The plateau developed through three volcanic cycles spanning two million years that included some of the world's largest known eruptions. Eruption of the >2,500 km2 (970 sq mi) Huckleberry Ridge Tuff about 2 million years ago created the more than 75 km (47 mi) long Island Park Caldera. The second cycle concluded with the eruption of the Mesa Falls Tuff around 1.3 million years ago, forming the 25 km (16 mi) wide Henry's Fork Caldera at the western end of the first caldera. Activity subsequently shifted to the present Yellowstone Plateau and culminated 630,000 years ago with the eruption of the 1,000 km2 (390 sq mi) Lava Creek Tuff and the formation of the present 45 km × 75 km (28 mi × 47 mi) caldera. Resurgent doming then occurred at both the NE and SW sides of the caldera and voluminous 1,000 km2 (390 sq mi) intracaldera rhyolitic lava flows were erupted between 150,000 and 70,000 years ago. Phreatic eruptions produced local tephras during the early Holocene. The caldera presently contains one of the world's largest hydrothermal systems including the world's largest concentration of geysers. Much of the plateau is located within Yellowstone National Park.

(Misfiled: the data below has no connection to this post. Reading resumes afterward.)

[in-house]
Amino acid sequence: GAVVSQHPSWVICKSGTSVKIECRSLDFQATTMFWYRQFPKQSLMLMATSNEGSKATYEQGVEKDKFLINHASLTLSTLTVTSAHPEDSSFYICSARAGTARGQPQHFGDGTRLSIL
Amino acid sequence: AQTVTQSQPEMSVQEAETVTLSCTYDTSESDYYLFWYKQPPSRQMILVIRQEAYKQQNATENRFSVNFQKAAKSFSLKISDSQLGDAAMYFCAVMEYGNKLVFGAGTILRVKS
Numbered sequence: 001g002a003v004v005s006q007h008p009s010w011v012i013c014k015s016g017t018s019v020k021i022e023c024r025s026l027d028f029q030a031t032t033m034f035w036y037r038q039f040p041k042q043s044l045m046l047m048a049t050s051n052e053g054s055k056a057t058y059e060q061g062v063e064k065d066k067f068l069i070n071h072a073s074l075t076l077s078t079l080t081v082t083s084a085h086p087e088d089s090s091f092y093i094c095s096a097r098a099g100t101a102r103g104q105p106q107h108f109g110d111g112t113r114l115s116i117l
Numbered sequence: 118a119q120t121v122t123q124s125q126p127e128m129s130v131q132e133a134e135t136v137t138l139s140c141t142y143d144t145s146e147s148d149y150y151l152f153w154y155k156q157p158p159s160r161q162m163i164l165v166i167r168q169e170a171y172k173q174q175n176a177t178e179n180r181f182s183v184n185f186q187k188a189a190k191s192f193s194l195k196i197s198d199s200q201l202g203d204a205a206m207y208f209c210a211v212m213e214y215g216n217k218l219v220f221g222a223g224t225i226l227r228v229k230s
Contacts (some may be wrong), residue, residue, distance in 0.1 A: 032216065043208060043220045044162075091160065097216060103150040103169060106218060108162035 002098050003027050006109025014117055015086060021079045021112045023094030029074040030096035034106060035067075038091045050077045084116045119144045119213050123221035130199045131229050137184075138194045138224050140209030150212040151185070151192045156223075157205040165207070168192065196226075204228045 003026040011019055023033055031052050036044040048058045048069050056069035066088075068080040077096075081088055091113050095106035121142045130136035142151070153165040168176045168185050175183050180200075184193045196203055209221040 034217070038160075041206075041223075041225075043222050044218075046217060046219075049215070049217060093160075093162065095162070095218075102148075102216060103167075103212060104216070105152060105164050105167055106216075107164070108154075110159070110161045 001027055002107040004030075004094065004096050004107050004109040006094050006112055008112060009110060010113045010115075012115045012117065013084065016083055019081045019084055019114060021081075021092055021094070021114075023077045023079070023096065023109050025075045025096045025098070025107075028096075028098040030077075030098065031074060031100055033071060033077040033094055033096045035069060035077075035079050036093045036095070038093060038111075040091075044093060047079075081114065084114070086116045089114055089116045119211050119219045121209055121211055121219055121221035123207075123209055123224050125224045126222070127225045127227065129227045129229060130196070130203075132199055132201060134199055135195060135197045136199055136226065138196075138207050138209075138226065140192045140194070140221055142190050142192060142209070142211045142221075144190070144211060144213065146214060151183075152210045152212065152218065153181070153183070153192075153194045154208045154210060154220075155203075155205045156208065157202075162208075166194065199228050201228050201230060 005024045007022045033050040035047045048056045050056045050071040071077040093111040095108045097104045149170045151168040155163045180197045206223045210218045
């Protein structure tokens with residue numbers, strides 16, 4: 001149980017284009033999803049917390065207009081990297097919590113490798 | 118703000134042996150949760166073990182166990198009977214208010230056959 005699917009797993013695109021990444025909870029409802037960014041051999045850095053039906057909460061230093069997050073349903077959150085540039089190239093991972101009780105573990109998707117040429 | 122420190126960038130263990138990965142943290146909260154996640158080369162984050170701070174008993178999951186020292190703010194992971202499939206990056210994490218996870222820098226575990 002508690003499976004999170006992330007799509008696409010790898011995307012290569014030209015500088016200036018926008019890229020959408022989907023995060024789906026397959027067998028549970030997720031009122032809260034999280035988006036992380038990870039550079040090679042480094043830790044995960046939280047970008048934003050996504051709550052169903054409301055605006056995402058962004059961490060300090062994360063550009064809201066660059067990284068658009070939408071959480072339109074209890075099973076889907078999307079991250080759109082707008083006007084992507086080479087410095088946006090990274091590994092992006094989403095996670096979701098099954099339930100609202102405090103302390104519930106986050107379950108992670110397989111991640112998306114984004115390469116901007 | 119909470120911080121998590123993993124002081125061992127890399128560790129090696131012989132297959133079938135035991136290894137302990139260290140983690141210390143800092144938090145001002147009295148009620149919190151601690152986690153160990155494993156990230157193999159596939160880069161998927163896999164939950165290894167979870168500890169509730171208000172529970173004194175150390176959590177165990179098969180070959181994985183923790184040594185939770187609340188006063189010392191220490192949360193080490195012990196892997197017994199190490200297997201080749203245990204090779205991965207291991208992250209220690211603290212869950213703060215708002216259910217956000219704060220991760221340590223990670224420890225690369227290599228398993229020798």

- "Volcanic History of the Yellowstone Plateau Volcanic Field". U.S. Geological Survey. Retrieved 2007-02-18.
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